The prominent Jewish figure told a congressional committee in Washington that the US could not sit by quietly, with events such as the recent attack in France underlining the growing threat.
"Once again, like the 1930s, European Jews live in fear," said Lauder, a billionaire businessman who inherited a fortune from his mother Estee Lauder's cosmetics empire.
"The United States can and must speak loudly and clearly to condemn this evil for what it is –- the radical Islamic hatred of Jews."
"To defeat this new flame of radical Islamic terror and survive... the United States must lead," stressed Lauder, whose mother was Jewish and in whose faith he was raised.
The WJC represents Jewish communities in 100 countries.
Lauder’s remarks came in testimony before the House Subcommittee on Africa, Global Health, Global Human Rights, and International Organizations, chaired by Rep. Christopher Smith (R-NJ), on the topic, "After Paris and Copenhagen, Responding to the Rising Tide of Anti-Semitism."
Lauder, who was joined by Roger Cukierman, president of the Representative Council of Jewish Institutions of France (CRIF), and Dan Rosenberg Asmussen, president of the Danish Jewish community, noted that anti-Jewish attacks recently had hit France – in Paris and Toulouse – as well as in Copenhagen.
He said the recent deadly wave of terror attacks against Jewish targets were only the latest signs of a rising wave of anti-Semitism sweeping across Europe. This new form of anti-Semitism is being driven by radical Islam, but pushed along by extreme nationalists on the right and anti-Israel intellectual elites in universities, he said.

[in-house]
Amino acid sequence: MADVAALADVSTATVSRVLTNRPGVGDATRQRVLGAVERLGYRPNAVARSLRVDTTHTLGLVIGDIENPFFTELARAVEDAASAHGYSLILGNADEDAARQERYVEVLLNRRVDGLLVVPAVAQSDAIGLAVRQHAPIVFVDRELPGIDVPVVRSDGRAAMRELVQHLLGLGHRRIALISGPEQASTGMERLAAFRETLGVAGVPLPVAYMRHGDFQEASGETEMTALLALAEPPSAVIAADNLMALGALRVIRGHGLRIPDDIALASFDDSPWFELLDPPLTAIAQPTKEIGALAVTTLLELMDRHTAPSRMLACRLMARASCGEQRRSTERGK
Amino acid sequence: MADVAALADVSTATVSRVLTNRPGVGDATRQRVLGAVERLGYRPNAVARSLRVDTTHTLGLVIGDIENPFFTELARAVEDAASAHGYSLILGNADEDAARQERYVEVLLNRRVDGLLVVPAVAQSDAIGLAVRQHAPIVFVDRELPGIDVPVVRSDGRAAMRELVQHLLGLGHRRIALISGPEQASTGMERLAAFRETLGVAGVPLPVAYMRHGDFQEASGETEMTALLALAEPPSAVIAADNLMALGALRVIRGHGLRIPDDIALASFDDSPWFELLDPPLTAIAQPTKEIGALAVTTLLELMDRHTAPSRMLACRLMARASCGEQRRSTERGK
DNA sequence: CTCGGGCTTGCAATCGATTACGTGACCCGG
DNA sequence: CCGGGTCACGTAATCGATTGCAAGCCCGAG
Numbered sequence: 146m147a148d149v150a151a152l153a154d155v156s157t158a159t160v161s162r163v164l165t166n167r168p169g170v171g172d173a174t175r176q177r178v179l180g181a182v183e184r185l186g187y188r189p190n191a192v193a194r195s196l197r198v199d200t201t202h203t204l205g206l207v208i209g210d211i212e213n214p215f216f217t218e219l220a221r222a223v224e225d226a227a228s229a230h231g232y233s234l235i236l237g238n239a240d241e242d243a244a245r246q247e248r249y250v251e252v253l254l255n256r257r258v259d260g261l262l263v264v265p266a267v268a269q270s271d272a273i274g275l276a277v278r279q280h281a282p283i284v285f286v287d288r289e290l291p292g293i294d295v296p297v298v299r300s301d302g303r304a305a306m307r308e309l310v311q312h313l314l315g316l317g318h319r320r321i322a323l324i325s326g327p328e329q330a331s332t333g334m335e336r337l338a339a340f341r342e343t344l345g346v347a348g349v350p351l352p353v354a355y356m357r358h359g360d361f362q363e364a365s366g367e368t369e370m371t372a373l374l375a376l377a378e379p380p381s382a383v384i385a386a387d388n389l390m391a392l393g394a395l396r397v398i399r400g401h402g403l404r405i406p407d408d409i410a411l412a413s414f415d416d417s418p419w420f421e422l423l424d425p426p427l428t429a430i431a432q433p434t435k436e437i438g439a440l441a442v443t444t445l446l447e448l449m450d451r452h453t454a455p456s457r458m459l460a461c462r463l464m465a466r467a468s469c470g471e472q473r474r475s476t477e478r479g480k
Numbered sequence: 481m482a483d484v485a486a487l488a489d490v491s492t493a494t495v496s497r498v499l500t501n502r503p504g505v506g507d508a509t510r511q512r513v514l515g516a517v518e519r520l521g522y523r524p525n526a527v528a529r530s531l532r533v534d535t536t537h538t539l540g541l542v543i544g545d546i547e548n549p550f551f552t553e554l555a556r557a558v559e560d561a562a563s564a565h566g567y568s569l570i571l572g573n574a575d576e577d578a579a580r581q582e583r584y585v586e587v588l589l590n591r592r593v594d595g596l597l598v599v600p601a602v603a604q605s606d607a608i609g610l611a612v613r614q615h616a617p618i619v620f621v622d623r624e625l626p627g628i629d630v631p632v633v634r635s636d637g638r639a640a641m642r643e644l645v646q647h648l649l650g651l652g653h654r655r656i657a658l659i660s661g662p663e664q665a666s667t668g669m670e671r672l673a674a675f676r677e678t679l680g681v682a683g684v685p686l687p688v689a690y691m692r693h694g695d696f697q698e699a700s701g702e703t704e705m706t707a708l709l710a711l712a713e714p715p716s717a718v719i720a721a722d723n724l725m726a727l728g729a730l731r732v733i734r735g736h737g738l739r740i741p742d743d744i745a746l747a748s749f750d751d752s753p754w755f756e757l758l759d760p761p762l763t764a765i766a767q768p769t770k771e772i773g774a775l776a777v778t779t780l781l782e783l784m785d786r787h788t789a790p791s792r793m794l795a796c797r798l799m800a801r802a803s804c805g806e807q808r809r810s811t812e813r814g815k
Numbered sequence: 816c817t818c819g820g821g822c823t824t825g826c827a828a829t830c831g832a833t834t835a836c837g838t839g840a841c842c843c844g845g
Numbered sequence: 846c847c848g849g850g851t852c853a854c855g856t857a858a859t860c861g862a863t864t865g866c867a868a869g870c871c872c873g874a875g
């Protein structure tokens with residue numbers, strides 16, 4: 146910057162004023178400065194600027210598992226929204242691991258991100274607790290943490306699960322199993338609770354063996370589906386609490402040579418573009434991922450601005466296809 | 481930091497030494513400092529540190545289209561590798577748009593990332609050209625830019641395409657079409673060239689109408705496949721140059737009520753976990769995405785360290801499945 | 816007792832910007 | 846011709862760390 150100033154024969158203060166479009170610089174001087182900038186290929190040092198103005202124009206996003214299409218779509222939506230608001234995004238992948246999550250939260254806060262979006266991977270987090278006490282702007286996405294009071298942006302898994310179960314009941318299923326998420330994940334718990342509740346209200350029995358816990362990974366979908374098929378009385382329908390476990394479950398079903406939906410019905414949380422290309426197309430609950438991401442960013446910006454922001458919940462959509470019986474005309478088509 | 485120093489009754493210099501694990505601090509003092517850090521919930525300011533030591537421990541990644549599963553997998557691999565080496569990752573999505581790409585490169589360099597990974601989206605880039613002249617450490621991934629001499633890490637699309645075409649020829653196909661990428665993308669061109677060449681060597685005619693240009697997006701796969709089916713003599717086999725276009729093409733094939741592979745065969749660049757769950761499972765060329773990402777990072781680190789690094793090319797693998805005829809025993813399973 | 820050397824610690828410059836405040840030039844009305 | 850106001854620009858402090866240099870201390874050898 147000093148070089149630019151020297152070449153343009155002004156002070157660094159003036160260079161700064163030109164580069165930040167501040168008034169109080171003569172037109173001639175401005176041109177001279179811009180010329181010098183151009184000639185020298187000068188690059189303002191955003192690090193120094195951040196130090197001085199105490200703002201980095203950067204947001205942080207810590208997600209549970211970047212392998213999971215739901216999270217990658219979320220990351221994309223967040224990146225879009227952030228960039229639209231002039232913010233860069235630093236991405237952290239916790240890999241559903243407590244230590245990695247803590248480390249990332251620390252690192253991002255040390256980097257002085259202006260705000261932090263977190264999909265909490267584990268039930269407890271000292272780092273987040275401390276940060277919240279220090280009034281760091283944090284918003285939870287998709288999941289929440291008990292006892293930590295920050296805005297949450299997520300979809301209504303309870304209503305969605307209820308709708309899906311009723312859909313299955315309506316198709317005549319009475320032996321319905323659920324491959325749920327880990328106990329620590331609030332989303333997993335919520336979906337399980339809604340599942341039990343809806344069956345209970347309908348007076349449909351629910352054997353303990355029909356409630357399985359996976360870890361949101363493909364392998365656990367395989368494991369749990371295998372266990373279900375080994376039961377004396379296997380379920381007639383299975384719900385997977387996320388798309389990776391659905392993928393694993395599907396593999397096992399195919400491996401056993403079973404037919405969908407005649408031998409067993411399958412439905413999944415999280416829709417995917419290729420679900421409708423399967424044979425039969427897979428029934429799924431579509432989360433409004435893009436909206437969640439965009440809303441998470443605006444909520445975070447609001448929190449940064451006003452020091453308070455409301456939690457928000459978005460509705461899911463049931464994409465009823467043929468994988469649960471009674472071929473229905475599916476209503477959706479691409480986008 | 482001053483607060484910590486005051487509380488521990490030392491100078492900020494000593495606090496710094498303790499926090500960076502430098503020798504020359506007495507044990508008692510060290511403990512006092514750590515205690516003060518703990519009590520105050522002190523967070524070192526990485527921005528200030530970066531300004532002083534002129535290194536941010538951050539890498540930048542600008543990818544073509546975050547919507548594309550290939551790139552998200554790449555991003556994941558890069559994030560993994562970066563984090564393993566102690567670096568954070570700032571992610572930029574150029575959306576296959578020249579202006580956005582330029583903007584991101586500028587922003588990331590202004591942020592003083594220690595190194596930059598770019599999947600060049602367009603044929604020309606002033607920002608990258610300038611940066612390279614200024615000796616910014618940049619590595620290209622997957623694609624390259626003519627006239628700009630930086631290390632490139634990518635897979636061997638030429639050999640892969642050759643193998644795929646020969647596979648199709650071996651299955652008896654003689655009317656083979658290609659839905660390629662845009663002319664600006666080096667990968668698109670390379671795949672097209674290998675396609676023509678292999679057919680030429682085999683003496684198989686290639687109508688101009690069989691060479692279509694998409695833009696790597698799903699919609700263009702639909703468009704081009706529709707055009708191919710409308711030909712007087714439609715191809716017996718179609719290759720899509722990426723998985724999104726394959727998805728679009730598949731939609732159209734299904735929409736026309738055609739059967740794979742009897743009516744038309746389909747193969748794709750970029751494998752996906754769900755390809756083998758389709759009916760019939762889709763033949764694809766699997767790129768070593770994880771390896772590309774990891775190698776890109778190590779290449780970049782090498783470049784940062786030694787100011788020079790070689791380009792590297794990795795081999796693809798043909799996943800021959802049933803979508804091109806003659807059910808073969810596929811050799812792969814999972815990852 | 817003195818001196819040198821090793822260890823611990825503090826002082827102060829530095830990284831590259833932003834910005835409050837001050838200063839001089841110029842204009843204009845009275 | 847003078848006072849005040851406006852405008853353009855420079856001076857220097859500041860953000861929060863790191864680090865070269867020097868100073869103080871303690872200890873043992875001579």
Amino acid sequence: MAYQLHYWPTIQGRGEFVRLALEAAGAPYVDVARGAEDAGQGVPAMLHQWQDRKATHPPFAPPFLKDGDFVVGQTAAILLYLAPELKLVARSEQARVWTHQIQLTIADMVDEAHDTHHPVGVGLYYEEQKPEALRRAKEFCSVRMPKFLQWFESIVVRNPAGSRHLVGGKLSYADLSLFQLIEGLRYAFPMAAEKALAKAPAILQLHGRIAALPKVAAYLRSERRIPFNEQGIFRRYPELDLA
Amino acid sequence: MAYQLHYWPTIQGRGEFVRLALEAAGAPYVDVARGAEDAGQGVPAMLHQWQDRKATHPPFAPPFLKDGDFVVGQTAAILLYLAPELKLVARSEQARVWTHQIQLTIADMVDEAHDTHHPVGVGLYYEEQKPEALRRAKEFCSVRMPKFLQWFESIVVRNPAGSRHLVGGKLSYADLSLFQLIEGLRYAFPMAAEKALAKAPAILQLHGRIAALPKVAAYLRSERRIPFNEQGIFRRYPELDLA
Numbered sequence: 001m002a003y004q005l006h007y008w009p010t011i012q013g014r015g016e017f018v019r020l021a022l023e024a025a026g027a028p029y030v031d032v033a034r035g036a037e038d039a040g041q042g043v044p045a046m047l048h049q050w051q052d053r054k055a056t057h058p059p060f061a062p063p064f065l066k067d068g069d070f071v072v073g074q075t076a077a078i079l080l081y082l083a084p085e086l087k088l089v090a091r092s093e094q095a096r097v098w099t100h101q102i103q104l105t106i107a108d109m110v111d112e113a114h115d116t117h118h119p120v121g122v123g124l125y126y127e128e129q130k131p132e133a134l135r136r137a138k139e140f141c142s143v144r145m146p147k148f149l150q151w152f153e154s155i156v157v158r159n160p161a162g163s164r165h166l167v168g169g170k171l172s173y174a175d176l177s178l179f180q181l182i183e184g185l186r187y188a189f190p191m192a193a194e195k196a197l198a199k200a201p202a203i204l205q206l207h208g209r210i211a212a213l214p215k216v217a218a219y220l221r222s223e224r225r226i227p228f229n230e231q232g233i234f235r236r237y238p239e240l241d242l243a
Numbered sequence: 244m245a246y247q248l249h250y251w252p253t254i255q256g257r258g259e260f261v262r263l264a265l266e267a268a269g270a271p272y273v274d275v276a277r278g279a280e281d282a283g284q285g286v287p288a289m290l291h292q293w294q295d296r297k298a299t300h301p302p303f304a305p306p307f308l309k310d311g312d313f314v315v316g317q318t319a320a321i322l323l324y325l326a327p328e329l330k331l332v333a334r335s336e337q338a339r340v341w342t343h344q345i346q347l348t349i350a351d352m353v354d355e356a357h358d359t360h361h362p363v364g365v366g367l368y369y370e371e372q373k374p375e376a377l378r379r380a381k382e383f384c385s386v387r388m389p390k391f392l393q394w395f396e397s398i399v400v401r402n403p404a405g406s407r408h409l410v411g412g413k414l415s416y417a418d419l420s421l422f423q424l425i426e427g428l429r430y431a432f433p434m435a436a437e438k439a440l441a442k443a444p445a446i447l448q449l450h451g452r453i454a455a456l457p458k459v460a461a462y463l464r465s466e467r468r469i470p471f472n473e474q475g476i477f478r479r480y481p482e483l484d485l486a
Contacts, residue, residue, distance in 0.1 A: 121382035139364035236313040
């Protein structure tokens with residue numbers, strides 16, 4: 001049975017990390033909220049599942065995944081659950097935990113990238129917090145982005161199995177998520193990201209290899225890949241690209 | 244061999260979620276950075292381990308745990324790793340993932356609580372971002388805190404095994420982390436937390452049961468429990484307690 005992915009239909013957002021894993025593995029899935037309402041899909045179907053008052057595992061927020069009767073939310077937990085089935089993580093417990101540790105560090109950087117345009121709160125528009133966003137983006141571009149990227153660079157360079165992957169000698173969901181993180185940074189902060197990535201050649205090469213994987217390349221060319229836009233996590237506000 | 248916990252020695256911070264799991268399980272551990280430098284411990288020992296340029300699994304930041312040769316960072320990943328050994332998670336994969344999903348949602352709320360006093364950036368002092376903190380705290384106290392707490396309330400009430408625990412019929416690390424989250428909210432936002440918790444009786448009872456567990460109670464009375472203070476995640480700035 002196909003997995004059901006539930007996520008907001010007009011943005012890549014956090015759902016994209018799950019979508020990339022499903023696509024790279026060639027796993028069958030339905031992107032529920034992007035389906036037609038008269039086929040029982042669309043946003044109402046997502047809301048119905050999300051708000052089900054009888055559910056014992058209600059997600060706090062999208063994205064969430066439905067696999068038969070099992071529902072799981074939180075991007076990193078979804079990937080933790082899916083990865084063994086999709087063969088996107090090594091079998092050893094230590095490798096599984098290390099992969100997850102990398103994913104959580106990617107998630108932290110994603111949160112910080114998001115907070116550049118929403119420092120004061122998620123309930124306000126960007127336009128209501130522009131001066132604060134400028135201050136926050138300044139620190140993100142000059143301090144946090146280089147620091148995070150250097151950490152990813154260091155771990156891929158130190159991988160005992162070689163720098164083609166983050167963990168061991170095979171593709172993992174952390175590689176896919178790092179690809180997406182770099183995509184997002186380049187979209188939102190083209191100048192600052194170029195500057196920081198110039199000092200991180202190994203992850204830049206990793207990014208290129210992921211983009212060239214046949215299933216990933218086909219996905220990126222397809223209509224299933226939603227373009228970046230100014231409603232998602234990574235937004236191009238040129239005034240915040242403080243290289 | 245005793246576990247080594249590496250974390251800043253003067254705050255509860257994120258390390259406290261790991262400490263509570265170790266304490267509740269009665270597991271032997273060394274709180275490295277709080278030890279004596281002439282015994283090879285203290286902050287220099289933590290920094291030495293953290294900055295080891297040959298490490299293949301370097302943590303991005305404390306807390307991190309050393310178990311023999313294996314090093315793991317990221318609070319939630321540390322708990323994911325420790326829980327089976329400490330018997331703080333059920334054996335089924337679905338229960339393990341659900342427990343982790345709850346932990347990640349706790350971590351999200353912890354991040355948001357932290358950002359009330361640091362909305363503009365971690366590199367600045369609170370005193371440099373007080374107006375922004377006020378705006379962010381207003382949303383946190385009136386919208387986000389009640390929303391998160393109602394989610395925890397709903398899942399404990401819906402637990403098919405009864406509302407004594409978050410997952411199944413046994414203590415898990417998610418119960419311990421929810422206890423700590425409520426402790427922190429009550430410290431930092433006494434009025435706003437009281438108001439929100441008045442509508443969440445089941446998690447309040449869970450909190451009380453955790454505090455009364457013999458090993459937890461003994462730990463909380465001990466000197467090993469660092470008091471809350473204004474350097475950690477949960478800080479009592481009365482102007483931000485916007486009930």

"European leaders have stepped up and strongly condemned these attacks on Jews and the rise of anti-Semitism," he said. "The United States must do the same. The United States must lead."
Further, Lauder criticized the absence of any US representation at the anti-terror march in Paris in the wake of the attacks on the satiric weekly Charlie Hebdo and on a kosher supermarket, which drew world leaders and over 1 million participants.
"Many of the leaders in Europe linked arms in solidarity in the very front row, but there was not one US representative with them in the front row," he said. "I believe that sent a very negative message around the world."
Danish society "itself is not and has never been anti-Semitic and many of the threats facing Danish Jewry – like in the rest of Europe – come from marginalized and radicalized Muslims, and these form a small minority of all Muslims in Denmark," Asmussen said.
Cukierman added: "This is a war against Western modern civilization. And the Jews are seen by these jihadists as a privileged target.
"We Jews are the sentinels at the forefront of this war. But we are not the only victims. Military forces, policemen and women, journalists were also targeted and killed."
Since the attacks in Paris in January that left 17 dead, France has been on the highest possible alert with thousands of police and troops deployed at sensitive sites, such as media headquarters and synagogues.
But counter-terrorism officials say this will do little to prevent an attack like the one on the satirical Charlie Hebdo magazine in Paris.
Lauder cited a string of statistics behind the rising anti-Semitism. Jews represent less than 1% of the French population, but were targeted by more than 50% of all racist attacks last year. Anti-Semitic attacks in France, the US and Austria all doubled from 2013, he added. In fact, an EU report from nine nations showed that 16 months ago – long before the latest wave of terror – Jews in these countries were already concerned about growing anti-Semitism.
Lauder concluded by urging the US to take the lead in countering this trend. "Why isn’t the United States leading the world in this crisis?" he said.